Founded by Spanish immigrants who fled Franco Spain, The Spanish Club in Sydney was established and opened in 1962 in 227 Liverpool Street, to fill the need for a space which would allow them to experience our own culture, while learning to fit in Australia[viii]. With most of the Spanish population at the time living in the inner west and East Sydney, Liverpool Street was a central hub[ix]. The establishment of the club consolidated the Spanish community and attracted other restaurants, tapas bars and hangouts to set up in the street and surrounds[x]. By the 1980s it was a recognised precinct and the name the Spanish Quarter was unofficially applied[xi].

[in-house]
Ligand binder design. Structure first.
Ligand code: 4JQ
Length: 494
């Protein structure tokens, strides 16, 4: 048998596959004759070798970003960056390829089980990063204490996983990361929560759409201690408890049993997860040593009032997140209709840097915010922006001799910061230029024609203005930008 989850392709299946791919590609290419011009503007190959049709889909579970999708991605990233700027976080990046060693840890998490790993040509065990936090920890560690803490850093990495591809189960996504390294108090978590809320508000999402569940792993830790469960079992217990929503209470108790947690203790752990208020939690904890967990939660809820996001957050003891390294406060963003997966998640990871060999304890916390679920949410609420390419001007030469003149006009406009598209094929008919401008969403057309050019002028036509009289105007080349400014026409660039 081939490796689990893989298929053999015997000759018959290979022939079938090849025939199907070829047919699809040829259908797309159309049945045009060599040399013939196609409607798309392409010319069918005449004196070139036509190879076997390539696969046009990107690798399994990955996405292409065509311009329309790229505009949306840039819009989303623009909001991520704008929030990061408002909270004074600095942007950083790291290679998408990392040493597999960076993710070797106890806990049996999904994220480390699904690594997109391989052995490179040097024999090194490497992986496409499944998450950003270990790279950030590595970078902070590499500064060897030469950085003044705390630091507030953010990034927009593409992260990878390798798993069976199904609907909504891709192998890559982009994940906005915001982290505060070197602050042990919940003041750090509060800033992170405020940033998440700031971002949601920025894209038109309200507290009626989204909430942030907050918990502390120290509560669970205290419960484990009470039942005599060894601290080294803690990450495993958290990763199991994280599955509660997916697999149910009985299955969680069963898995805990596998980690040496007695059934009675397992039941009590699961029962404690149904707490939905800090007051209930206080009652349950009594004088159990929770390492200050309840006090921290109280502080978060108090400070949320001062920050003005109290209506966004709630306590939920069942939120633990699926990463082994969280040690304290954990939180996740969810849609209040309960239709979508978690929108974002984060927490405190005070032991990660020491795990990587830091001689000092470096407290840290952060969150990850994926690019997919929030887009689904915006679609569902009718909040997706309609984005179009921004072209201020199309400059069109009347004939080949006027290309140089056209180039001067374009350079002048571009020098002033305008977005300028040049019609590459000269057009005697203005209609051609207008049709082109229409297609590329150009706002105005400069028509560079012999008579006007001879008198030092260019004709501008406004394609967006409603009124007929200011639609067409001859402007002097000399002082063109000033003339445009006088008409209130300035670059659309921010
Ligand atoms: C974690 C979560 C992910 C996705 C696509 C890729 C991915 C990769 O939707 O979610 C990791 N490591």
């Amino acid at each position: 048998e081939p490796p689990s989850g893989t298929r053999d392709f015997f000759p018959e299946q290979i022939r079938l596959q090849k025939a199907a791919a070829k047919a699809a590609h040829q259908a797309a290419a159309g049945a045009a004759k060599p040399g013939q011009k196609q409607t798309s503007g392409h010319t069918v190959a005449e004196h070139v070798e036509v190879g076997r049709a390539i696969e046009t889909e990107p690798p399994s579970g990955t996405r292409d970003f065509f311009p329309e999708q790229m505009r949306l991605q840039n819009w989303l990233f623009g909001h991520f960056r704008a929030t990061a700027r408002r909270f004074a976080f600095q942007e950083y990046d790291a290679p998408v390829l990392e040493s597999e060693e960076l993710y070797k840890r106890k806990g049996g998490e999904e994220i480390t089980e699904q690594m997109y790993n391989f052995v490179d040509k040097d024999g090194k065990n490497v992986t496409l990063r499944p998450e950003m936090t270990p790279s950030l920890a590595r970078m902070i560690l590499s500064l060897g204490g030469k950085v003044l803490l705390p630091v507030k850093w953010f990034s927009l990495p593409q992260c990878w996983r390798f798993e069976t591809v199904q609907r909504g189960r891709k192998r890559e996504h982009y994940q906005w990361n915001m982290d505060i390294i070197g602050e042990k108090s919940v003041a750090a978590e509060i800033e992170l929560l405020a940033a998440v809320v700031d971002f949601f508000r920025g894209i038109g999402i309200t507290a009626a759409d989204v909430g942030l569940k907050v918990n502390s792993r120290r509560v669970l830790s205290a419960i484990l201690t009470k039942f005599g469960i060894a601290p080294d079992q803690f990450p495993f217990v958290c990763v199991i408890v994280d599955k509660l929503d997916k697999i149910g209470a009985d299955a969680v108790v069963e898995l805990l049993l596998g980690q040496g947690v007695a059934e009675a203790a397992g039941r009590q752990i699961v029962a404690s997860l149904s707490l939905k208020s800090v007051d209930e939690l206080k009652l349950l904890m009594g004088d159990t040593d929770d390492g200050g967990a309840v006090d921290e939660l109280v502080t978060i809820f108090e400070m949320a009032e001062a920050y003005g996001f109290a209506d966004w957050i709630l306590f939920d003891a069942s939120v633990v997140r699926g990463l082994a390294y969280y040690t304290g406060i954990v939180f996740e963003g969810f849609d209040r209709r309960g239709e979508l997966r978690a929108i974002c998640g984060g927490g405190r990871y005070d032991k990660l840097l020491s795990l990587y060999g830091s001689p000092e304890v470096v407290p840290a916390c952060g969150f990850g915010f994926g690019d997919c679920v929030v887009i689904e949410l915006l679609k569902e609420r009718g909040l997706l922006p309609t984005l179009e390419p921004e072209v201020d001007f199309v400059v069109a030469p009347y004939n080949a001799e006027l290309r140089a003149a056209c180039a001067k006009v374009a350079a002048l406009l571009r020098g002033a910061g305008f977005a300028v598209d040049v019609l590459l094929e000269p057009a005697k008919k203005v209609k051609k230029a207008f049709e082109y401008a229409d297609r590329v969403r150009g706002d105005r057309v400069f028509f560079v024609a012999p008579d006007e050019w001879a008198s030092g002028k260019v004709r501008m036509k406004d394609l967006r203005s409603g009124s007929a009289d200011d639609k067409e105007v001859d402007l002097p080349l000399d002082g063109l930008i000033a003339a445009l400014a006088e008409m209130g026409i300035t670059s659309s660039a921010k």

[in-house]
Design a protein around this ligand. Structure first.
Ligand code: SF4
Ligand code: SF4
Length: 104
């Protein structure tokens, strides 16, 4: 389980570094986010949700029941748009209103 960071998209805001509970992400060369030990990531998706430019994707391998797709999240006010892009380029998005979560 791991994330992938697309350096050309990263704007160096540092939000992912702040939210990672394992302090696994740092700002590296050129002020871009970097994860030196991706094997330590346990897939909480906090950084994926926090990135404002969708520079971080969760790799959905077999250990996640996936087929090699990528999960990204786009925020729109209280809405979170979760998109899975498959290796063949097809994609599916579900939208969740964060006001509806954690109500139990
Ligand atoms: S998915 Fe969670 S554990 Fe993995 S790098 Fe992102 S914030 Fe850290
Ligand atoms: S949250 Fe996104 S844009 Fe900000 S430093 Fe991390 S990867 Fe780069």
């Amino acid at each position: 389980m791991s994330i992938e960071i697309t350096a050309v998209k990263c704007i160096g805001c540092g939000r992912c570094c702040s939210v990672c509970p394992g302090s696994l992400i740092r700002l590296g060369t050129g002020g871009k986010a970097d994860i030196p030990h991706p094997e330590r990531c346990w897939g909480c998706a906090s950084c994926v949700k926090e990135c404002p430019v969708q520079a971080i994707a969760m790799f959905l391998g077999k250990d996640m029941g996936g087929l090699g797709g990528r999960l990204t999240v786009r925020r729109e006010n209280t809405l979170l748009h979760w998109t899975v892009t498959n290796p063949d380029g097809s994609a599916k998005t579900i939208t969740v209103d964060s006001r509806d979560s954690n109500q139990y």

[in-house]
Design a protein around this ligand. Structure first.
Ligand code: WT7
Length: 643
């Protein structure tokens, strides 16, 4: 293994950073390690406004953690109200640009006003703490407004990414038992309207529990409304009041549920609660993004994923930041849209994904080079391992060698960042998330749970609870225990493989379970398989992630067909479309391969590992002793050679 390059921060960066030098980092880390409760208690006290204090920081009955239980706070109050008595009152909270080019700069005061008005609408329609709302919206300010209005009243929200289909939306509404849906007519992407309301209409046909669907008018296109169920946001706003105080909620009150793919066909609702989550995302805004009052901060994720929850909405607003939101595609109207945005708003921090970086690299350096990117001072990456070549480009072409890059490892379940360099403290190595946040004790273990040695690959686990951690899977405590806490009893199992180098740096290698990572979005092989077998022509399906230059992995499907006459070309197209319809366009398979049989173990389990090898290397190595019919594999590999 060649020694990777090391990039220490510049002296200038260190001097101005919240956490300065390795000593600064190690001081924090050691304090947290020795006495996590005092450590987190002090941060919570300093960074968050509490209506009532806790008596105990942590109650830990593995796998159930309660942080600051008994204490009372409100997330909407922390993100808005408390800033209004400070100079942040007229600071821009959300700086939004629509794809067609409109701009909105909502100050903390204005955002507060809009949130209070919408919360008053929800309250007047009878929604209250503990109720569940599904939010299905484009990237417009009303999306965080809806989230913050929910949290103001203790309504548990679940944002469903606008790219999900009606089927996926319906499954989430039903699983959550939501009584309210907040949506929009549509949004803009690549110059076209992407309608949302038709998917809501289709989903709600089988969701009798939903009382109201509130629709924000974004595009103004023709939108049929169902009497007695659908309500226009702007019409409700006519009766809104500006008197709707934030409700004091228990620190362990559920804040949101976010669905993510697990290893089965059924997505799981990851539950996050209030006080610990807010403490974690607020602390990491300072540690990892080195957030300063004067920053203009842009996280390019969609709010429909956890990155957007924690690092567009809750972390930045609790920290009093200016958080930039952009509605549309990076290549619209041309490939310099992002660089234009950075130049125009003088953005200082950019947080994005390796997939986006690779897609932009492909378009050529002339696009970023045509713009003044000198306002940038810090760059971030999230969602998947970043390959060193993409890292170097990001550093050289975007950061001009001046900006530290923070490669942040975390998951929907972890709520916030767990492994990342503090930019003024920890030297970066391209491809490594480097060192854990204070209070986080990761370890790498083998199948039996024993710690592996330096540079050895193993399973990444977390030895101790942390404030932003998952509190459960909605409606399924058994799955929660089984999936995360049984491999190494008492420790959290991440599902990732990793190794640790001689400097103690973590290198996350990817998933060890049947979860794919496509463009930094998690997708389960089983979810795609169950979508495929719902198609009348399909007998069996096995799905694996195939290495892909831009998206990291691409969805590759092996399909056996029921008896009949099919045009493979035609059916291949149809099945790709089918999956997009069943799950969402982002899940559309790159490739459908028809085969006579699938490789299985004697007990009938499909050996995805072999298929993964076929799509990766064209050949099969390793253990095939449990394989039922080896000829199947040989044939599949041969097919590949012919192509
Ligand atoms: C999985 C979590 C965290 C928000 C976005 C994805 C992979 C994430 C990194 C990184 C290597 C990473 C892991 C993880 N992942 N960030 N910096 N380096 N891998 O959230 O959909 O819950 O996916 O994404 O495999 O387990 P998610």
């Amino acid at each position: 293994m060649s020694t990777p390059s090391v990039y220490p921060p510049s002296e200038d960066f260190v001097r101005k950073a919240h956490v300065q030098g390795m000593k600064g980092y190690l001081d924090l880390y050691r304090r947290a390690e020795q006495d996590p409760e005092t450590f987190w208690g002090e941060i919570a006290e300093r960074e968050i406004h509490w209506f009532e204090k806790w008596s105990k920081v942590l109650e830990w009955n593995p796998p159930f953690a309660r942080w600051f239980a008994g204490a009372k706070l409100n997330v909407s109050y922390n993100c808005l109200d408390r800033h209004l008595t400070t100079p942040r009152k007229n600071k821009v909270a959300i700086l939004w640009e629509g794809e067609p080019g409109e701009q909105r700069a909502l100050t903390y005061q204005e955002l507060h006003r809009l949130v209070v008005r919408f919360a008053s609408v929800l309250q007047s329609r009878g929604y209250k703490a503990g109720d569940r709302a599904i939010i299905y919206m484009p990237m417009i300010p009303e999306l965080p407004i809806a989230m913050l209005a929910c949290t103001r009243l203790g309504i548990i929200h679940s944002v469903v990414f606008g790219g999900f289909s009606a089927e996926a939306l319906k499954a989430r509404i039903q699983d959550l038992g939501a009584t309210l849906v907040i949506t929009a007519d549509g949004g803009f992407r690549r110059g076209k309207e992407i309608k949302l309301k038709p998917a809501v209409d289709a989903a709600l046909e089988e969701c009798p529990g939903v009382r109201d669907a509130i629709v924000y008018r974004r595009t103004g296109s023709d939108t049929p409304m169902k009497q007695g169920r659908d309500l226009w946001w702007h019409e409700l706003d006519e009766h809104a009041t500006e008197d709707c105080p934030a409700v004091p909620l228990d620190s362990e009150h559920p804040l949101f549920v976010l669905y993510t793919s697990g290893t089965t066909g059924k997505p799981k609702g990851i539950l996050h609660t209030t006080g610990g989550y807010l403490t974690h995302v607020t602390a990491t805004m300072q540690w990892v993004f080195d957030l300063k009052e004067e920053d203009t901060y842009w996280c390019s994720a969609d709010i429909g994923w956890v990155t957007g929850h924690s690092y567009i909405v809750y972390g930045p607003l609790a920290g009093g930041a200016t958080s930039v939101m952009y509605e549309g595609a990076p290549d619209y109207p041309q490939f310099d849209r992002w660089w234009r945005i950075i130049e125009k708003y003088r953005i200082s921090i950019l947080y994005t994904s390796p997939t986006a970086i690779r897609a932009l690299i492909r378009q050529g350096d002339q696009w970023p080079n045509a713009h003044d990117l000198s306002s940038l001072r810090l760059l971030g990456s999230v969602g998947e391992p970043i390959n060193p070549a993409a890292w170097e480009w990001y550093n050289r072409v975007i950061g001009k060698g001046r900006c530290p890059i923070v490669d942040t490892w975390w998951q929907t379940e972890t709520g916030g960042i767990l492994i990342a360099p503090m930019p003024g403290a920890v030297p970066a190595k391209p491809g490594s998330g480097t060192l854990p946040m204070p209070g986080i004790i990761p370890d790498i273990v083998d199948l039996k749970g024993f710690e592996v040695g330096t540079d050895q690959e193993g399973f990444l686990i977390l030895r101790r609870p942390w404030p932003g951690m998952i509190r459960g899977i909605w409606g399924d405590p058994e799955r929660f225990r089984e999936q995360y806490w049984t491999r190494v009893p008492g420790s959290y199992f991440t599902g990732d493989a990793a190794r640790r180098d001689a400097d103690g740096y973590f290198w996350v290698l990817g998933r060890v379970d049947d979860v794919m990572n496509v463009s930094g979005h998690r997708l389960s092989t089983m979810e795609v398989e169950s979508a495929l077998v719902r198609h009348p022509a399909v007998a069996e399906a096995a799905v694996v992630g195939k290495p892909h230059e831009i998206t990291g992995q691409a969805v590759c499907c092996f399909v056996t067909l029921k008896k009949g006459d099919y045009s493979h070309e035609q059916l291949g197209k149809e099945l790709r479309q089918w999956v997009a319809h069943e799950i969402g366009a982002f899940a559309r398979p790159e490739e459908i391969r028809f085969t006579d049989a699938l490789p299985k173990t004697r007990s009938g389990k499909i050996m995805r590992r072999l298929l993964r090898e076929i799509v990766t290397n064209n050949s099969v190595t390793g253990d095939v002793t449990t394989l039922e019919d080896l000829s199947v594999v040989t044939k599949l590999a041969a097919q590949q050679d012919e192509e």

ImageThe Spanish Club in Sydney is the focal centre of a range of Spanish artistic and cultural activities, including choirs,  dance, instrumental and theatre groups. The dress costumes are part of the wardrobe of Dance Groups. Most of these costumes were made here in Australia and either paid for by the mothers of the dancers and/or some by the Club itself. The Jota costumes were made in the 1980’s in Spain by the Department of Culture. At the time this dress was made, the first Festival del Sol, an annual festival in Sydney sponsored and made possible by the Australian Trade Unions, was held in 1978[xii]. The festival gave impetus to cultural and folk groups such as Los Quechas from Bolivis, the Mexican, Ecuatorian, Chilean and Brazilian folk groups who have followed in the long established traditions of flamenco dancers, and from the Spanish Club, the Grupo Folklorica Espanol[xiii]. In the 1980s, following demand by increasing numbers of dancers who needed costumes, promotions manager Ana Gil wrote a letter to the Cultural Department of Spain asking them to make some Jota costumes.